Bauman and Briggs claimed that language and semiotics play ‘a secondary, derivative role in articulating the relationship between society and nature’ in Latour.27 This is paradoxical, first because of Latour’s attention, especially in his early work, to the role of language, texts and inscriptions in the production of scientific fact.28 Second, it is also paradoxical because salient terms in the ‘new’ vocabulary of ANT and STS were actually translated from semiotics and narratology; the notion of the ‘actant’ is the most salient case in point. Mol asserted that ANT represents an expansion of linguistic structuralism to other network relations: ‘In ANT this semiotic understanding of relatedness has shifted from language to the rest of reality’.29 Even so, texts and linguistics often seem to have been lost somewhere in this translational ‘shift’. In line with Bauman and Briggs, we maintain that Latour’s emphasis on the non-immediacy and mediated character of any knowledge or meaning of any entity—both human and non-human—should be supplemented by an increased awareness of the productivity of texts in translational processes such as KT.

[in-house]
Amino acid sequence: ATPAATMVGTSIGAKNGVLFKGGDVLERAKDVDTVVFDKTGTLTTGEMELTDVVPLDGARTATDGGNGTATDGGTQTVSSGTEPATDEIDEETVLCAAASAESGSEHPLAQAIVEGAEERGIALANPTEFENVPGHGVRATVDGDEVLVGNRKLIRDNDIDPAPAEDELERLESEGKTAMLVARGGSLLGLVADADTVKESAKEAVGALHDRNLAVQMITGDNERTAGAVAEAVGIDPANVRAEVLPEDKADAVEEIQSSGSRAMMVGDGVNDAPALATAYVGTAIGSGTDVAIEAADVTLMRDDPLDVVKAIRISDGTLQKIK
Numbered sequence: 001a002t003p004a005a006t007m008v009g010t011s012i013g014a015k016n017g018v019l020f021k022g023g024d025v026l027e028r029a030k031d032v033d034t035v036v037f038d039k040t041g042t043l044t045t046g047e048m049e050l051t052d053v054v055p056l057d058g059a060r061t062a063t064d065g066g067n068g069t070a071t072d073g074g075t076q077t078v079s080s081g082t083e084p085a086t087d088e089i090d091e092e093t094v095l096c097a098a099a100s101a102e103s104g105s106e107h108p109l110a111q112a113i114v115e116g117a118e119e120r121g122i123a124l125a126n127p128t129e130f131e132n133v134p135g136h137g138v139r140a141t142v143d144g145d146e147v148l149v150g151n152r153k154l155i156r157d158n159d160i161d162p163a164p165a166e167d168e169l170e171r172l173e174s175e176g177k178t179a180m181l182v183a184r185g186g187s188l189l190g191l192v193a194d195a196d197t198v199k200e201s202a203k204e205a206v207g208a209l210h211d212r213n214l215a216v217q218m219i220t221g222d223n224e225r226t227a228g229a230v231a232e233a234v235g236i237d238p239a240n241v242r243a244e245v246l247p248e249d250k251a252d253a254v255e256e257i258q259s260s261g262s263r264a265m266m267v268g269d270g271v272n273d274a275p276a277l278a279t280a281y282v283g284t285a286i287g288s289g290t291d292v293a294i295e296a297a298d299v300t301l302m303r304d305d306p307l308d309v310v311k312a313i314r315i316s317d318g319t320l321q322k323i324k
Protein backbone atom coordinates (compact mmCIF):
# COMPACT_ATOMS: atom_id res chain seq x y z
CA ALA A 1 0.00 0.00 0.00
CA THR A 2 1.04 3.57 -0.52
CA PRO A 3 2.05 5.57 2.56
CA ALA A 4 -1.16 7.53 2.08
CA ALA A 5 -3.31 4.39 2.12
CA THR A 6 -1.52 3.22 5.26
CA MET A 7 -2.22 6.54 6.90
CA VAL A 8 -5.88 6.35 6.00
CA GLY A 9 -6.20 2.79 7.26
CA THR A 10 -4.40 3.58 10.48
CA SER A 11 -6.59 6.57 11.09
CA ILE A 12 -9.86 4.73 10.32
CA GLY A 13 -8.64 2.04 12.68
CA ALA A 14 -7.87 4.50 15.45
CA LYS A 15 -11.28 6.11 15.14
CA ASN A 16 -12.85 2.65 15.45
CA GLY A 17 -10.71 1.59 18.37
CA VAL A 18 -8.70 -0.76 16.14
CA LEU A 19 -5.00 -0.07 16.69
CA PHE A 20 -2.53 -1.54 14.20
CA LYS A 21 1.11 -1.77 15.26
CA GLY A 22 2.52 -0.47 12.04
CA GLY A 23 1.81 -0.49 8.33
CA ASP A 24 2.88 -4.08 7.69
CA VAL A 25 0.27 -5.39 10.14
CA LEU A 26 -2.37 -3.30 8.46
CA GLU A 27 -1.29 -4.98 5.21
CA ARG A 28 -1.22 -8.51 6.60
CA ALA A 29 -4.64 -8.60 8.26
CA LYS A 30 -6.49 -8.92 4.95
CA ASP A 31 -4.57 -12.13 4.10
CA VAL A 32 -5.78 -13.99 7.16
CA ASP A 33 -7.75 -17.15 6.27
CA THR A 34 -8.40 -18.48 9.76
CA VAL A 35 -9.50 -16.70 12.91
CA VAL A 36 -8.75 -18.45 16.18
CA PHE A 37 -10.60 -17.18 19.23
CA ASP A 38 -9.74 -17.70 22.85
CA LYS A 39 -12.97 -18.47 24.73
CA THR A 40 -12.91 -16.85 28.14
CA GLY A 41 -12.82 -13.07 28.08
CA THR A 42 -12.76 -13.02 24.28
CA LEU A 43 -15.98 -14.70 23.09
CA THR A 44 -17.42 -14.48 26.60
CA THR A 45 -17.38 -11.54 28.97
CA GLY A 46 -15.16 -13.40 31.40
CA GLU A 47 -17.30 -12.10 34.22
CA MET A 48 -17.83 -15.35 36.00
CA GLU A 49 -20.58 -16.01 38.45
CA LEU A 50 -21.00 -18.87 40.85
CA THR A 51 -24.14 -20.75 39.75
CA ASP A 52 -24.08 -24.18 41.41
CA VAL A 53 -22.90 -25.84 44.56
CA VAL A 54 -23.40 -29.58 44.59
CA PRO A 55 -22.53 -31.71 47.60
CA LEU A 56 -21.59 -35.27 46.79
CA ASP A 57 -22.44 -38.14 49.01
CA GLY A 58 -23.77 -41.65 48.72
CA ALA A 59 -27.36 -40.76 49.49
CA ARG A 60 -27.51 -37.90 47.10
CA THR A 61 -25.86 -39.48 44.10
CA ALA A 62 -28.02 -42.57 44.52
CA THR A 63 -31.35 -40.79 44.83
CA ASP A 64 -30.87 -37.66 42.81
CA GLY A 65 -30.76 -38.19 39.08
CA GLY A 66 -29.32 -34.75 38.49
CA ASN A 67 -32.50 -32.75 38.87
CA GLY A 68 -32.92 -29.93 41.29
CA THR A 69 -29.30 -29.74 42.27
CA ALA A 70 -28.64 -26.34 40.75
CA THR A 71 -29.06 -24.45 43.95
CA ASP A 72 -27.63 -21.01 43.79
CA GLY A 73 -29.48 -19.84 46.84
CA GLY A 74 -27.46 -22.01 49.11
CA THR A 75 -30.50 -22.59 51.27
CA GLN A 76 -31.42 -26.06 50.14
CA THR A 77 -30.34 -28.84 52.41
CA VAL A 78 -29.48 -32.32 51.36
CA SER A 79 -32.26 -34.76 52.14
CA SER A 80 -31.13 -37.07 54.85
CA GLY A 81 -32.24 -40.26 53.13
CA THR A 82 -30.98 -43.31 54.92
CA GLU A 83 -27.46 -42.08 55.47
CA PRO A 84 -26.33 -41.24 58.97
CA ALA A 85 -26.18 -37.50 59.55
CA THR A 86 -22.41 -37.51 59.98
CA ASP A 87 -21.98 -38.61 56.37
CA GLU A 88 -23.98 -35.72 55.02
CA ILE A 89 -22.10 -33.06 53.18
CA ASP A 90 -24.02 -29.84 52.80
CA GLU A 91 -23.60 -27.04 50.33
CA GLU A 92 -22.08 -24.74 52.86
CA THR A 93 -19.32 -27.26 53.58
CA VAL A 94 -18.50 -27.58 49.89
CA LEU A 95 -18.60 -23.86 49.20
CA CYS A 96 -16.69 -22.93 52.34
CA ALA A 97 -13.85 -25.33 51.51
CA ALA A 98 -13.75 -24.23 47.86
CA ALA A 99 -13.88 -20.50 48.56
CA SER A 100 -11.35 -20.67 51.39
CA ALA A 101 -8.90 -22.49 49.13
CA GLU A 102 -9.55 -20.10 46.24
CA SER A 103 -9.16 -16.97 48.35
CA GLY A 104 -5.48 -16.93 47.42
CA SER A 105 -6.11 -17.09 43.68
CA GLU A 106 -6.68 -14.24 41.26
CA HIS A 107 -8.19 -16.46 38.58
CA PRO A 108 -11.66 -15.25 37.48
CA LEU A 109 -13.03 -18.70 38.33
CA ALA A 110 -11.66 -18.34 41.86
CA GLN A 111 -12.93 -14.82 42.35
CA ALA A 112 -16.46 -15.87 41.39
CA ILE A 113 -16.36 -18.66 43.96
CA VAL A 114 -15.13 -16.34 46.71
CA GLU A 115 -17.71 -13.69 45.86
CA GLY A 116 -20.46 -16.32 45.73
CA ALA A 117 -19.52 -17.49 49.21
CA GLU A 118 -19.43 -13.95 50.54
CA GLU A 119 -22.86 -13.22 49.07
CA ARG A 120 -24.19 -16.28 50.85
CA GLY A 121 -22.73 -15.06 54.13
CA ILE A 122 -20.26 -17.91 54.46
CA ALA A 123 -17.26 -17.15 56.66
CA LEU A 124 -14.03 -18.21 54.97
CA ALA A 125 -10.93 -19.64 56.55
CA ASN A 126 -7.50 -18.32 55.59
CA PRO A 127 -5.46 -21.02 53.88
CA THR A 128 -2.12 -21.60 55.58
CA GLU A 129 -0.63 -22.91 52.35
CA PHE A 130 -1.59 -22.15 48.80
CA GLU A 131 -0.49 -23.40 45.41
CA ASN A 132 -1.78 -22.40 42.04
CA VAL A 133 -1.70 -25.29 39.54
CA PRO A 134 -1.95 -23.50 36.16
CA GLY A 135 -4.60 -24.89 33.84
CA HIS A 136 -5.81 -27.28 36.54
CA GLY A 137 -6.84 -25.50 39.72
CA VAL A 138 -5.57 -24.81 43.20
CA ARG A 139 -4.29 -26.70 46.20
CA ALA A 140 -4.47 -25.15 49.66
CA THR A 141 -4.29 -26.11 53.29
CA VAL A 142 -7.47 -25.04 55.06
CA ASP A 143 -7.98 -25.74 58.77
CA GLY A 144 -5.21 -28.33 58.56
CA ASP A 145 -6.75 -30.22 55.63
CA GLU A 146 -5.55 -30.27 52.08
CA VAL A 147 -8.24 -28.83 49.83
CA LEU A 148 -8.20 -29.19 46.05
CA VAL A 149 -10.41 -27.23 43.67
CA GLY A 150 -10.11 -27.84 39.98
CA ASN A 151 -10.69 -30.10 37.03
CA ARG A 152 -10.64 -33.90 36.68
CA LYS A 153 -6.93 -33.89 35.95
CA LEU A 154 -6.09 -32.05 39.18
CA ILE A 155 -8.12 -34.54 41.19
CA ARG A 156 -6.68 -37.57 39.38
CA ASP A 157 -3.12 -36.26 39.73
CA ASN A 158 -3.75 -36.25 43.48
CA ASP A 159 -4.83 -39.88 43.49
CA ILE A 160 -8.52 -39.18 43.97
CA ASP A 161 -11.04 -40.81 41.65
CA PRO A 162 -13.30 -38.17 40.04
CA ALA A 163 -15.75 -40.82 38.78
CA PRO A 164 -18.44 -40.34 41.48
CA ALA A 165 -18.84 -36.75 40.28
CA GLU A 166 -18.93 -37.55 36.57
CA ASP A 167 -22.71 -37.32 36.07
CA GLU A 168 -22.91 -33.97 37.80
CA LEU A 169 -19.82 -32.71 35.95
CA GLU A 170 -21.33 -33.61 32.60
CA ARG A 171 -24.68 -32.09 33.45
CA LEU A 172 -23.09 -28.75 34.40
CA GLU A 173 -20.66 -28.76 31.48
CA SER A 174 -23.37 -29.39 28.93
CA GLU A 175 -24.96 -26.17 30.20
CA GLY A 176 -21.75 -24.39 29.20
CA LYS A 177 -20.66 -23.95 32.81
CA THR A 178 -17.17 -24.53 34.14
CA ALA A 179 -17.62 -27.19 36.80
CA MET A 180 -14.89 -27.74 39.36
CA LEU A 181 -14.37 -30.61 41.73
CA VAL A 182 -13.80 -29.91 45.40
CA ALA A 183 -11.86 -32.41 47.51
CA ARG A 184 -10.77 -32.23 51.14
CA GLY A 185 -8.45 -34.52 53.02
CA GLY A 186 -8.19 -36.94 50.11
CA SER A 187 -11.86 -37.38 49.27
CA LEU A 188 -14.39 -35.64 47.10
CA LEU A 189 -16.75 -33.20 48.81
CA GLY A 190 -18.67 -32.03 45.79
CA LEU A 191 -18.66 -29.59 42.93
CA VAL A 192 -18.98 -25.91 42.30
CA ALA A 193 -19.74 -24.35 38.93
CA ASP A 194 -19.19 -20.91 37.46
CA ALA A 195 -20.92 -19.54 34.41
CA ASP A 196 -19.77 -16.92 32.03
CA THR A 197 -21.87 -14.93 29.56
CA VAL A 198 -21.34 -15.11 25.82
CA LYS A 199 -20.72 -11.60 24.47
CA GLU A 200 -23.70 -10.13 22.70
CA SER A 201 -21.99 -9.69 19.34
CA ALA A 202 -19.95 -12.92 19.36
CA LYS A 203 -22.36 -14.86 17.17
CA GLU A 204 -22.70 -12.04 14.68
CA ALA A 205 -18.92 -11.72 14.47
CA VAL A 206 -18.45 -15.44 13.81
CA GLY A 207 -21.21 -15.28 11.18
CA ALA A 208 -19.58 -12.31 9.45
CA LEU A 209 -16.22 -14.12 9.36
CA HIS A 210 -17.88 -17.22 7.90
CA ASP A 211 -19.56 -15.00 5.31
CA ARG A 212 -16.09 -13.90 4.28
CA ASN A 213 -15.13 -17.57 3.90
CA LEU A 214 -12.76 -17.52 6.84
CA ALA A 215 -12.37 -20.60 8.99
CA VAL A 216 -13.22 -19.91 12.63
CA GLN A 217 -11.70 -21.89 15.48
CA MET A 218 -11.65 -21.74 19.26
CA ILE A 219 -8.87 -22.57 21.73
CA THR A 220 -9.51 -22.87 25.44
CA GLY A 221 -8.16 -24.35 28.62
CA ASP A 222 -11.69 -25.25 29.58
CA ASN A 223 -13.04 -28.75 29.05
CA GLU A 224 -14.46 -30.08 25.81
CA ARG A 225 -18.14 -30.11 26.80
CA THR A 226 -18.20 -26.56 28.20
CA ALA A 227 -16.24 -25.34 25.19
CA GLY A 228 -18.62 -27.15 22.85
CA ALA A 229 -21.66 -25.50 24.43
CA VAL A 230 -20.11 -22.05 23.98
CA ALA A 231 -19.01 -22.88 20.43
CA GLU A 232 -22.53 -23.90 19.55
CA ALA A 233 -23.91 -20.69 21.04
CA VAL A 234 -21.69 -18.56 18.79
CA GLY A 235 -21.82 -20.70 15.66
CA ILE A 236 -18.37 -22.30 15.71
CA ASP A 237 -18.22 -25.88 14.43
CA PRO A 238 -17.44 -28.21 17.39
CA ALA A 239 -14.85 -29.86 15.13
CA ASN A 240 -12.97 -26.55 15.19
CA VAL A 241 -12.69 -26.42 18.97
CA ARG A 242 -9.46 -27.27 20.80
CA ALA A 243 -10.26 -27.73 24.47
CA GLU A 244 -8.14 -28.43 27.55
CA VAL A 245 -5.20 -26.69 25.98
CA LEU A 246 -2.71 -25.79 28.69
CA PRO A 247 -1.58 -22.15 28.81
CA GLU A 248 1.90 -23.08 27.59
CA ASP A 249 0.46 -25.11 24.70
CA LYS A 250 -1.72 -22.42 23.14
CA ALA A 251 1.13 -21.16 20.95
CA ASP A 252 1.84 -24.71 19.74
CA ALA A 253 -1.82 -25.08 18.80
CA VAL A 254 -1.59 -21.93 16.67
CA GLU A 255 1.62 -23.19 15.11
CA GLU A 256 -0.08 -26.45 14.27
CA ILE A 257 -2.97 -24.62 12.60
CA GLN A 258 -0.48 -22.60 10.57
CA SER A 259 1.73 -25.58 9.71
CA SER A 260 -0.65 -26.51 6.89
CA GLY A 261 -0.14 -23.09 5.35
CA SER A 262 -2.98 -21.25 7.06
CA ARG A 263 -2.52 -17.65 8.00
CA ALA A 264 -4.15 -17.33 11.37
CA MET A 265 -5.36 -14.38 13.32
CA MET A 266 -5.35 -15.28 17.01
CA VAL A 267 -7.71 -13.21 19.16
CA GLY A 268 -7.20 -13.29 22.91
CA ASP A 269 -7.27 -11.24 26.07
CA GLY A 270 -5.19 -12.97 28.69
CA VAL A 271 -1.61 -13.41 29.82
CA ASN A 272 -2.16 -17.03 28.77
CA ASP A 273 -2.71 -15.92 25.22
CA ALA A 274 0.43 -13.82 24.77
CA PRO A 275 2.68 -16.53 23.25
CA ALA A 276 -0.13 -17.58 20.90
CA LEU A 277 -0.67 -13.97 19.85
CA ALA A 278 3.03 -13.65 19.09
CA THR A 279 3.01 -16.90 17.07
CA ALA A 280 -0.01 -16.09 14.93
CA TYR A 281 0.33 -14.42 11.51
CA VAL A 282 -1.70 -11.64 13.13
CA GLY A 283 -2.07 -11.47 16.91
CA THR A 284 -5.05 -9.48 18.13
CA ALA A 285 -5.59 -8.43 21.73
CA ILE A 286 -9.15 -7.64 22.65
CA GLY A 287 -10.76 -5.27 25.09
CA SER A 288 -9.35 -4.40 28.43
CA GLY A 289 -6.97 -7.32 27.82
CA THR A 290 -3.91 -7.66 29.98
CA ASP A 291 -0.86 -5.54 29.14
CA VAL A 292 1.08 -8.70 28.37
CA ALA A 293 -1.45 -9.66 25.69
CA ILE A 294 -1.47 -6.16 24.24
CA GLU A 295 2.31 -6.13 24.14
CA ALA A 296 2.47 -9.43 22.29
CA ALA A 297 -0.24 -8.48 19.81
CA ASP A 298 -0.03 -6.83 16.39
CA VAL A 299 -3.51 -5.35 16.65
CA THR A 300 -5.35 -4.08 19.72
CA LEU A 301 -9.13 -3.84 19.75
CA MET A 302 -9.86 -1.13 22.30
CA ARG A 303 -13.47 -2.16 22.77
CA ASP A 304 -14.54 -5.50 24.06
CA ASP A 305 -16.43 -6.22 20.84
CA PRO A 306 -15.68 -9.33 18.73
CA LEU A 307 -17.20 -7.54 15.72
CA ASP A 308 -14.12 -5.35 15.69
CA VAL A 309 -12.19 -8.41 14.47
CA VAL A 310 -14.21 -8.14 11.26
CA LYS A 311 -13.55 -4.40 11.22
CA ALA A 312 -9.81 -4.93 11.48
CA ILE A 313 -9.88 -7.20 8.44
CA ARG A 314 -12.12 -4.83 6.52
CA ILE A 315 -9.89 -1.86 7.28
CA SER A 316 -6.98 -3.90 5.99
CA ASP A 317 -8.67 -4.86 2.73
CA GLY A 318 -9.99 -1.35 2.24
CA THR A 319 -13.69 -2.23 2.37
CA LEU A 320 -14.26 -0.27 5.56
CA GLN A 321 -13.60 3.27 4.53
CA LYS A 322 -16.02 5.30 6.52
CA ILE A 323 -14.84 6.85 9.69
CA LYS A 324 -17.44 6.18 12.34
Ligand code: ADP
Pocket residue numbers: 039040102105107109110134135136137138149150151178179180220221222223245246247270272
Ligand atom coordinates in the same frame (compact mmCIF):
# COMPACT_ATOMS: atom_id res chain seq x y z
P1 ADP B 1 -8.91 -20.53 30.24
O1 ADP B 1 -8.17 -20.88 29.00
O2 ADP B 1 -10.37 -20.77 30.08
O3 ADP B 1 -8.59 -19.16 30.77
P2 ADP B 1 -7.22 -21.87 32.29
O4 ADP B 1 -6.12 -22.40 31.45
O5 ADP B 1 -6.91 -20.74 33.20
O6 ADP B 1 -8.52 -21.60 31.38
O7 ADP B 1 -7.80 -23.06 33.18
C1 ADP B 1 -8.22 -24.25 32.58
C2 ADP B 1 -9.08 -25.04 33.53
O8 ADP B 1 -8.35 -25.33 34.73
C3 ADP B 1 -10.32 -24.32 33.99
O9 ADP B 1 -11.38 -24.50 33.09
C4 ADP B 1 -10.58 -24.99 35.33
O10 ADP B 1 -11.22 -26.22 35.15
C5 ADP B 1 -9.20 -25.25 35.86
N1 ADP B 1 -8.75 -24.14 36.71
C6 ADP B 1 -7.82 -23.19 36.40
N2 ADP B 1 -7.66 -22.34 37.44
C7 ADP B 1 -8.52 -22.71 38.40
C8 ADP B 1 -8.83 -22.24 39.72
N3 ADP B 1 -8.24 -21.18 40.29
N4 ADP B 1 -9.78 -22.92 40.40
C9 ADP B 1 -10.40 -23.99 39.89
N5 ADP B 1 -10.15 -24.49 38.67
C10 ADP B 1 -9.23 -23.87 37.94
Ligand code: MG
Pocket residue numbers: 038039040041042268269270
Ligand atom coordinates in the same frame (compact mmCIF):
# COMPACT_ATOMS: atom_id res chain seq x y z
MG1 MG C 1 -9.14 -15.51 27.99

Textual productivity in medical translation
Derrida regarded translation as an integral part of all textual production. According to him, translation is not an accidental event that can happen to a text in empirical cases where the text is turned into another (target) language. On the contrary, translation and semantic productivity are essential parts of the text’s mode of being in the world. The struggle to create meaning in the text, interpret it ‘correctly’, is simultaneous with the birth of the text.